It’s In the Syllabus!

By Readingintheborderlands

I’ve had several conversations with different colleagues this past week about students who are either acting helpless or are truly lost in academia. Professors usually love it when students ask questions….except when the answers to those questions are things easily found in the syllabus, previously announced in class, or posted on the class website. Or all three! I am constantly frustrated by the number of students who don’t look at their syllabus after the first night of class, especially since I devote a lot of time to writing a clear, information-filled document.

I love this post about how parents can help their students understand the importance of syllabi.

Requesting Letters of Recommendation

By Readingintheborderlands

Part of my job as a professor is writing letters of recommendation for students and former students who are looking for work or who are applying to doctoral programs. I get a lot of these requests, and generally I’m happy to write the letters. However, some students seem unfamiliar with the professional etiquette and practical aspects surrounding letters of recommendation.

As someone requesting a letter of recommendation, you have a few responsibilities:

  • Ask the right person. It needs to be someone you have a good professional relationship with and someone who can be positive about your qualities for the job/program that you are applying to. It’s usually best to ask someone that you’ve had several courses with or who has known you over several years, though I realize that’s not always possible.
  • Some applications now ask for recommender information then contact the recommender through an online system or a phone call. DO NOT give out a professor’s name, address or email for a recommendation unless you have already asked if they would be willing to do one.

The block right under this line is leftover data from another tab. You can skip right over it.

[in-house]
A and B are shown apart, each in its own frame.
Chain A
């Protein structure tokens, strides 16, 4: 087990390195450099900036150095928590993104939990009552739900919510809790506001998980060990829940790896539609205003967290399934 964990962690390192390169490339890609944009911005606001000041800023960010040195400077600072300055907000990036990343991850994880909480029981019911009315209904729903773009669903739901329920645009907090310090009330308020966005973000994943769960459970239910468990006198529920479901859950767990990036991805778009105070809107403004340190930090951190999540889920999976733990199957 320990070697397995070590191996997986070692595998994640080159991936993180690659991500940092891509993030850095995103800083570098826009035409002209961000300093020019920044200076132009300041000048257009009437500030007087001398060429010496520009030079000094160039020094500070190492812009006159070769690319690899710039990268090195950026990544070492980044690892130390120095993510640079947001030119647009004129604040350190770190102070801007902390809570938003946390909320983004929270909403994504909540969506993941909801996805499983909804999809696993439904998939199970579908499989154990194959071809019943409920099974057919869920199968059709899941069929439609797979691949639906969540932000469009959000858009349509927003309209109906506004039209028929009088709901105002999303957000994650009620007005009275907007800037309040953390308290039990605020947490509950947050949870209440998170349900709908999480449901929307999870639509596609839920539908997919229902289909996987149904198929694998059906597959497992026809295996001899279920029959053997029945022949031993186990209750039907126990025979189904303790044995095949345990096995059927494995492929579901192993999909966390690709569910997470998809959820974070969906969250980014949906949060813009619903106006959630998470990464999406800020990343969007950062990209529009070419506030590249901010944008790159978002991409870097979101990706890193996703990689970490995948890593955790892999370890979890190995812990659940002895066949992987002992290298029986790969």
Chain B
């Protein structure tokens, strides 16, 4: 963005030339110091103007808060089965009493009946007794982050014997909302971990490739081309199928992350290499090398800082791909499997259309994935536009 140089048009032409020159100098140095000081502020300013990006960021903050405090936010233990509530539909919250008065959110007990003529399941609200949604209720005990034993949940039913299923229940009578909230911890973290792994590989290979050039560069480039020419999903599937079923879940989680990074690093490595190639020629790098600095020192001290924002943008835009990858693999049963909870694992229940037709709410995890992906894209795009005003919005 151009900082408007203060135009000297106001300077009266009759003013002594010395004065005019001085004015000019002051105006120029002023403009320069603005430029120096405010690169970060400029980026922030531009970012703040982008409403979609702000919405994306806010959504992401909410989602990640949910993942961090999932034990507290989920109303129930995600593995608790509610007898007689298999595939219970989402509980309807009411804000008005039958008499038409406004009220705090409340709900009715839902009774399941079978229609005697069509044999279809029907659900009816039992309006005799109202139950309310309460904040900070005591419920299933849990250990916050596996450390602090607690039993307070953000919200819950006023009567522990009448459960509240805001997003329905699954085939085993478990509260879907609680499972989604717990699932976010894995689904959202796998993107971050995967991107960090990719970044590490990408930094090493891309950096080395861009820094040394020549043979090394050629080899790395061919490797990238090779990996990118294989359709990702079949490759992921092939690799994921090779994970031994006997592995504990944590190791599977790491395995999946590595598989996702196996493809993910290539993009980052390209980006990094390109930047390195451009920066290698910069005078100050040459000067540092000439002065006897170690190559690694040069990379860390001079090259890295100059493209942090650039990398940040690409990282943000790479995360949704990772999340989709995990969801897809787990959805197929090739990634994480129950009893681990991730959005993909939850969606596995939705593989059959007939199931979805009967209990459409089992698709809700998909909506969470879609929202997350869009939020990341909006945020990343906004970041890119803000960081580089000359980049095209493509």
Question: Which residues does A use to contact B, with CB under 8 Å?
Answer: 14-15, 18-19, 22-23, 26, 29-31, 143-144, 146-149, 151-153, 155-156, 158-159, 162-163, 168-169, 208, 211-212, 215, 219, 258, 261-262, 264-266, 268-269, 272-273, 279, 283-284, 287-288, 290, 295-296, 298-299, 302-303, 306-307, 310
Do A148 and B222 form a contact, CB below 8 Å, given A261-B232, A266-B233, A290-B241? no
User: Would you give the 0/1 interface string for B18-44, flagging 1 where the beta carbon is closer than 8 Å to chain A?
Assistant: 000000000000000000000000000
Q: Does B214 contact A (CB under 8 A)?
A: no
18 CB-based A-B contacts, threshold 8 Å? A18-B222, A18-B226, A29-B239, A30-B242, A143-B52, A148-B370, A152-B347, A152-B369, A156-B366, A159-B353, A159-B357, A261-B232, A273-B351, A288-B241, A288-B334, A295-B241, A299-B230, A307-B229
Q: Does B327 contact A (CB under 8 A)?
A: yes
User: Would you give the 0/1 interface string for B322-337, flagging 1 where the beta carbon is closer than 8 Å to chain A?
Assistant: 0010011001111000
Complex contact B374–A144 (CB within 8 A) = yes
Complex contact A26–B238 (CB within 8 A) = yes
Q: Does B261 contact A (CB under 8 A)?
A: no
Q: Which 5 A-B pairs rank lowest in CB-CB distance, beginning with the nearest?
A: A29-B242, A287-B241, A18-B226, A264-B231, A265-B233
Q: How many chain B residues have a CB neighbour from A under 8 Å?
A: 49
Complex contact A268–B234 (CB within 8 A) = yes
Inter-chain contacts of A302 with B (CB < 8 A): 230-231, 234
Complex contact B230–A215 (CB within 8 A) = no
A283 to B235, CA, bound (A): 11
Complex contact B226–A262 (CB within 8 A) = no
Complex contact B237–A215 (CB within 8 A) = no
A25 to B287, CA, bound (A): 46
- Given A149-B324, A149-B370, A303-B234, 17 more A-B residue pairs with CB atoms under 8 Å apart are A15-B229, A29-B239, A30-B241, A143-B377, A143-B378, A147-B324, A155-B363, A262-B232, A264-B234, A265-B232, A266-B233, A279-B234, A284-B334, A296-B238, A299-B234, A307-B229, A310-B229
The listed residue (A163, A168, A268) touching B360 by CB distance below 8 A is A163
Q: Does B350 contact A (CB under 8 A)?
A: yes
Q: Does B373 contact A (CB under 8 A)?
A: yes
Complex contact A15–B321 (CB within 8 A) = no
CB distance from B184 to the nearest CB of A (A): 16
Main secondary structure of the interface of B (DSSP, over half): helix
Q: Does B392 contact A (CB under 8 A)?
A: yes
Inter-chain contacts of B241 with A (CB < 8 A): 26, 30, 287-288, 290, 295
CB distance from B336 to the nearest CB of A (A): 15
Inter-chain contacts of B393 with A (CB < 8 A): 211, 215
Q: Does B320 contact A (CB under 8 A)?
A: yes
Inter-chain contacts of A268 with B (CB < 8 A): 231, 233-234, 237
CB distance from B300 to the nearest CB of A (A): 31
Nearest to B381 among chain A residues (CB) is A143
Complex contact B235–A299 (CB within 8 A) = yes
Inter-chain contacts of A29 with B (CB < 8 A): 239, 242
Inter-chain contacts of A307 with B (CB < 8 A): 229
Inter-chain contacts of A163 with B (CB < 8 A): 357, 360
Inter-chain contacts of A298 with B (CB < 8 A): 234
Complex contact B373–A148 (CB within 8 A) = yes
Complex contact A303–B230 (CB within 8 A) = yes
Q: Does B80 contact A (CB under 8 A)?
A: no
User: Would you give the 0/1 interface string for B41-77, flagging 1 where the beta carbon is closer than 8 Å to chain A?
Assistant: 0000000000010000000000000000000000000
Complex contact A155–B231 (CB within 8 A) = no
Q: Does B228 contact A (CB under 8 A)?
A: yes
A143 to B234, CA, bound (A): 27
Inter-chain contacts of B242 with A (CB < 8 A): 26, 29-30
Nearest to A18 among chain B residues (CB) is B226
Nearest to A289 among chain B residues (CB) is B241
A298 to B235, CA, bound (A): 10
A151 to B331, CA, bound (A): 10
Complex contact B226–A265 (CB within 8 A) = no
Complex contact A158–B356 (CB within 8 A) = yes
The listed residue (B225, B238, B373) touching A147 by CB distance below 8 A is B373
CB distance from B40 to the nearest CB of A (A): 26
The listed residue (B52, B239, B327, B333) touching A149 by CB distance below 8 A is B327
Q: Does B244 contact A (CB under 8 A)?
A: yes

• Ask someone you think will actually write the letter. Unfortunately, some professors will enthusiastically agree to do a recommendation, then never follow through.  It’s unprofessional, but happens.
  • Request the letter of recommendation AT LEAST two weeks before it is due. Your letter is only one of dozens of tasks the professor needs to complete, so give plenty of time for the professor to fit in into their schedule.
  • Once the professor has agreed to write the letter, send them an email with the following information: a short description of the position/program that you are applying to, an updated resume/vita, the name and address of who the letter should be sent to, and a reminder of the deadline. You also might want to remind the professor of that brilliant class project you completed or other achievements related to whatever you are applying to. A pre-addressed envelope is always nice, too.
  • Follow up with the professor as the deadline approaches. This isn’t rude or presumptuous—it’s practical. Professors forget things. Also, ask the professor to inform you when they’ve sent off the letter.
  • Say thank you!

Finally, most professors really appreciate it when you let them know if you’ve been accepted or rejected from whatever you’re applying for.

As a professor I also have some responsibilities in this process. These include:

  • Only agreeing to do a recommendation if I feel I can write a positive letter.  If I don’t have good things to say about the student, I tell the student they need to ask someone else.
  • Meeting the deadline.

Follow these steps and you should get enthusiastic recommendation letters!

Choosing a Doctoral Program, Pt. 2

By Readingingtheborderlands